If You Don’t Have Anything Nice to Say…

This weekend I found myself falling down an Instagram rabbit hole. I put the girls to bed Saturday night and sat down to check my phone (just real quick) before getting to more productive endeavors and ended up wasting most of the evening. What caught my eye was scrolling through the feed past a news anchor I follow and seeing shockingly ugly comments underneath a picture she posted with her co-anchor before their show. I ended up reading through them all and of course had to look through comments on her other posts as well as her co-anchor’s. While I gawked at the fact that there are people who actually expend their energy to say something mean to someone they don’t even know, the minutes turned into a couple hours and I had wasted my night.

I truly don’t understand why people can be so hateful. Admittedly, some of the comments were so specifically insulting that they were kind of funny. Again, who are these people that feel the need to attack strangers on the internet?! And am I any better for reading these comments? What concerns me the most is how easy it is to spread hate whether that’s how someone really feels or is just commenting for the sake of piling on in an attempt to get a laugh. I would hope that people with a large social media following and some sort of celebrity status are above caring about the opinions of others and can just ignore all the ugly, but what about the people who might look up to these celebrities?

As a mother of two young girls, I am already overly concerned with ensuring they grow up to be strong, confident and godly women. I’ve taught middle school for several years now and am thankful for the opportunity to be proactive about instilling confidence in young lives (at least I pray I am somewhat successful in this). Knowing a little about the typical insecurities of young people, I am bothered by seeing all of these mean comments posted online. I think we can all agree that our society is anti-bullying. It’s easy to agree with that sentiment when you assume the person being bullied is a shy, nerdy kid. How dare anybody pick on them? It’s easy to say something behind a screen to a public figure maybe because we don’t think of them as being relatable. But when someone bullies a public figure, what message does it send to the shy, nerdy kid reading those comments?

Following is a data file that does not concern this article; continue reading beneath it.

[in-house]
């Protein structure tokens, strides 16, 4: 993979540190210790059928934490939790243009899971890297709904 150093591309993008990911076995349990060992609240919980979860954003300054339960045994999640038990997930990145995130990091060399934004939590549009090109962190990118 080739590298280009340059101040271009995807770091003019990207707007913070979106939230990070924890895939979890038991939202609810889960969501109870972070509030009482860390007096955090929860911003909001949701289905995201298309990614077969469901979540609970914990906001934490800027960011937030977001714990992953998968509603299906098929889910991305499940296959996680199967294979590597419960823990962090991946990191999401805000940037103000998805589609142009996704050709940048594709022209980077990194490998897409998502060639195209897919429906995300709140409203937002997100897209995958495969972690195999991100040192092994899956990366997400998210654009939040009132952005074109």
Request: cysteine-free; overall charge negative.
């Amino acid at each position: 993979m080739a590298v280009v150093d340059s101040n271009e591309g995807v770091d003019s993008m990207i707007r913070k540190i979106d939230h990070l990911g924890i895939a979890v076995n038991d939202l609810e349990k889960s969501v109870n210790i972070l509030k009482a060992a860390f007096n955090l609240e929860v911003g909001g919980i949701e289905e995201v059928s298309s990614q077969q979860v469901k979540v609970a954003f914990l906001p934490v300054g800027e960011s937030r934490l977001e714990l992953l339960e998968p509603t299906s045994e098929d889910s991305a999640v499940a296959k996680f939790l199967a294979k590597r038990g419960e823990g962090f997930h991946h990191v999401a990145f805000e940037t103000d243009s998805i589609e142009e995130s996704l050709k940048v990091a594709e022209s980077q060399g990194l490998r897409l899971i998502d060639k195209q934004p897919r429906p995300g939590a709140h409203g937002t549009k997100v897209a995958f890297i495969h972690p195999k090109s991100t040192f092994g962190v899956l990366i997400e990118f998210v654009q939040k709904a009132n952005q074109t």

“Do not let any unwholesome talk come out of your mouths, but only what is helpful for building others up according to their needs, that it may benefit those who listen.”

Ephesians 4:29

When anything a person might be insecure about is publicly attacked in another person, you are doing more damage than a simple Instagram comment. When you call a beautiful, educated and successful career woman “ugly” or “dumb,” human nature is for anyone reading to project your words on themselves in comparison. “If he went to an Ivy League law school and I didn’t even graduate high school, then I must be really dumb if people think he’s an idiot…If she’s a size two and I’m a size six, then I must be a whale if people think she’s fat…If he gets attacked for his height and looks, then no girls will ever be interested in me…” The list goes on. Just as a simple act of kindness has the power to spread exponentially, cruel words have a much further reach and impact than just their intended target.

We live in a time when insults can fly at lightning speed thanks to fiber optic technology. I think in normal conversation we all put our foot in our mouths and sometimes can’t prevent word vomit, but I think we are capable of editing our words when it comes to an online presence. I’m not even talking about reading something through before you hit “send.” I’m talking about not opening up apps or scrolling social media at all if you are doing so with a hateful heart. Just like anything else we spend our time on, we should be approaching it with prayer and godly intentions. The saying goes that “hurt people hurt people.” This is definitely true when it comes to internet trolls, but in the end, they aren’t just hurting themselves. Not only are they manifesting and living with all of their hate, but they are poisoning anyone who might come across their words. I hope I am preaching to the choir on this, but before you write something ugly on social media, contemplate if that is what you want the next generation to grow up seeing. While social media has been a great way for me to share my faith and connect with others who are grieving, I think it is important for us to pray about our screen habits to ensure we are using our modern technology to glorify God and not fall into the trap of hate and idolatry.

Love, Molly

Copyright © 2021 M. Marley, LLC

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